No. 82: Jul-Aug 1992
When we read of that 10,000-kilogram fungus discovered in Michigan, it sounded like a good item for Science Frontiers. But then it was described as the "largest and oldest living organism," and we knew that if we waited a couple months this Guinness-like record would be eclipsed. (Superlatives are risky in this business!)
A killer fungus in Washington State. In the foothills of Mount Adams, a specimen of the fungus Armillaria ostoyae covers 1,500 acres and seems to be 400-1,000 years old, as comapred to the 38-acre, 1,500-year-old Michigan fungus. Although younger than its Michigan counterpart, the Washington fungus is lethal and can wipe out whole populations of trees.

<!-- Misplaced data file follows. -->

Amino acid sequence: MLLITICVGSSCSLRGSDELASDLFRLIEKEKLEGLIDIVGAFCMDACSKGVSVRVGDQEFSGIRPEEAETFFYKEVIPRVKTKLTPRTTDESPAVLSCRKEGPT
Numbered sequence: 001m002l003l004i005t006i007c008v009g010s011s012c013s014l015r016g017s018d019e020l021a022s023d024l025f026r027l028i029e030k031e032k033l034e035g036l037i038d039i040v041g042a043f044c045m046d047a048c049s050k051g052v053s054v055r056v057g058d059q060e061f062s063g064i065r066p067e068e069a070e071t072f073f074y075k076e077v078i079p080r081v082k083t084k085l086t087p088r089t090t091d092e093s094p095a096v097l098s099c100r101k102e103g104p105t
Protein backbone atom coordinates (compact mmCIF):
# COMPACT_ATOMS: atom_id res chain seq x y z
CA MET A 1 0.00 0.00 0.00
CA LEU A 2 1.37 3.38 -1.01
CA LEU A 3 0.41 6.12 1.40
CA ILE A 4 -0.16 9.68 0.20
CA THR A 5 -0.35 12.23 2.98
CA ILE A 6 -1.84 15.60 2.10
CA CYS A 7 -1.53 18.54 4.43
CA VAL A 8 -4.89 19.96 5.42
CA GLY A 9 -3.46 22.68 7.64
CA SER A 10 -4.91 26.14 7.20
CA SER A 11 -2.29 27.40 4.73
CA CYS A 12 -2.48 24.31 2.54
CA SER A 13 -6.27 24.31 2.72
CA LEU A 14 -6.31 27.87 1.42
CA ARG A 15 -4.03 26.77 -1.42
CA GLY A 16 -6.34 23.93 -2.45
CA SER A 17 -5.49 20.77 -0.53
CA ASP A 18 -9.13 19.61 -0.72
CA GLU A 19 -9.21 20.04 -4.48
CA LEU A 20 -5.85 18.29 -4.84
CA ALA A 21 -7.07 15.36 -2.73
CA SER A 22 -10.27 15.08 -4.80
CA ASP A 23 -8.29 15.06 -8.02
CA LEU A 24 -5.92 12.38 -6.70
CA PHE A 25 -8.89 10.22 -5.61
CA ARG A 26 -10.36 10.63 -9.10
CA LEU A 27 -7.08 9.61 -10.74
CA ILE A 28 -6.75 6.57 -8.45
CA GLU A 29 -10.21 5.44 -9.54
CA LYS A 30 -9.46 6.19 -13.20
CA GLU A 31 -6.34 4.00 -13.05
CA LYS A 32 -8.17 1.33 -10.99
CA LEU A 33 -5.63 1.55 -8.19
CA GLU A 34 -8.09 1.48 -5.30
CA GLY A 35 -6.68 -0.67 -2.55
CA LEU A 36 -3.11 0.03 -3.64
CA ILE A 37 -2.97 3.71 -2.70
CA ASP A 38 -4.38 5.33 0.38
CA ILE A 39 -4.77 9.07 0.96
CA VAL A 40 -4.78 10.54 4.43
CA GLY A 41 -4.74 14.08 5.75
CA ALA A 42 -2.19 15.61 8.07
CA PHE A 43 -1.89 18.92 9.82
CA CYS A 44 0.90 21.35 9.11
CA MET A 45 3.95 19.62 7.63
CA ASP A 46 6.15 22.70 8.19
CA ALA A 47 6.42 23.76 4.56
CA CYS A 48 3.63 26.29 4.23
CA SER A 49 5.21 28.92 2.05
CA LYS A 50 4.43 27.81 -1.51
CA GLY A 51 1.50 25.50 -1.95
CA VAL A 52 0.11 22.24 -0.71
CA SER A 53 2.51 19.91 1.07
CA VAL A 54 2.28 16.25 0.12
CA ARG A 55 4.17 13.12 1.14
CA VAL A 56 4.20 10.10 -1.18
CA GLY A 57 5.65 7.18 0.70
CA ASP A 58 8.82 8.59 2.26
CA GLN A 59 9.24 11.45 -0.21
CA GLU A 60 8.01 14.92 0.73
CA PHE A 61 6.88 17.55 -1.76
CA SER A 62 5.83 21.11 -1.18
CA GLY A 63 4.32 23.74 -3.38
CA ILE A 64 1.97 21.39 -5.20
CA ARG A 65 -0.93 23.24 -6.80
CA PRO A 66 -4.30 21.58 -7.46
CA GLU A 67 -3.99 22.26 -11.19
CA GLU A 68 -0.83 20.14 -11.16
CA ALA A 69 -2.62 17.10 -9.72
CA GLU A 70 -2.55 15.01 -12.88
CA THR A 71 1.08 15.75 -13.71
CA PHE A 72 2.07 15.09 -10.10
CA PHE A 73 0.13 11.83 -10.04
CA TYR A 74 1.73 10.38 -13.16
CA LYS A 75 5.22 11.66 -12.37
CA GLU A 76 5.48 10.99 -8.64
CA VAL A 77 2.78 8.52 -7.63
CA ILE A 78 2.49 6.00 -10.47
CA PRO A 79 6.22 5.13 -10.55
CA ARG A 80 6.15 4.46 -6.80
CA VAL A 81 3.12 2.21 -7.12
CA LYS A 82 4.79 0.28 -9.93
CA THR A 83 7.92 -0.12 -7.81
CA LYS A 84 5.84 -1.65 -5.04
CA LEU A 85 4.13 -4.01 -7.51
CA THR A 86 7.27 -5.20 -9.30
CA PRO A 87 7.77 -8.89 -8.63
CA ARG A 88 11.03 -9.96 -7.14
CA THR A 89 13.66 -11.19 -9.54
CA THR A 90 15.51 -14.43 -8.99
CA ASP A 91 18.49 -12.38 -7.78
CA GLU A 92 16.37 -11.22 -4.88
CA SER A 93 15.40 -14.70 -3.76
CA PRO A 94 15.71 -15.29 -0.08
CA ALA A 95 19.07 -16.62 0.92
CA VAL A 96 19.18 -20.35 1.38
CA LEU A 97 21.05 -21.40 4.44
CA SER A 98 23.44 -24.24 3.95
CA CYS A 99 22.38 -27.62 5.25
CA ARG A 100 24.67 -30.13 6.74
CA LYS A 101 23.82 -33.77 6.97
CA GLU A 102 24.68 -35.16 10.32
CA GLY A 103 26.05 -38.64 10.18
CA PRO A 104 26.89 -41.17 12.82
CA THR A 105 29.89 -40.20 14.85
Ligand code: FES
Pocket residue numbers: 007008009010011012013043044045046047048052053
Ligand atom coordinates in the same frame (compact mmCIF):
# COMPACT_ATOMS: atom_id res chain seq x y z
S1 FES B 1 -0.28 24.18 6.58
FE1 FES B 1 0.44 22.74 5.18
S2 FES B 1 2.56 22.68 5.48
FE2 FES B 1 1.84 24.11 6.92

(Anonymous; "The Great Fungus," Nature, May 21, 1992.)
Comment. It has also been reported that a huge, spreading, pathological growth exists in Washington, DC!
Some even more humongous plants.
"A grass clone, Holcus mollis, has been found with a diameter of 900 metres and an age of over 1000 years. A clone of box-huckleberry has been found with a diameter of 2000 metres and an age of 13 000 years. The big granddaddy is, however, an aspen (Populus fremaloides) covering 81 hectares and over 10 000 years old."
(Bullock, James; "Huge Organisms," New Scientist, p. 54, May 30, 1992.)
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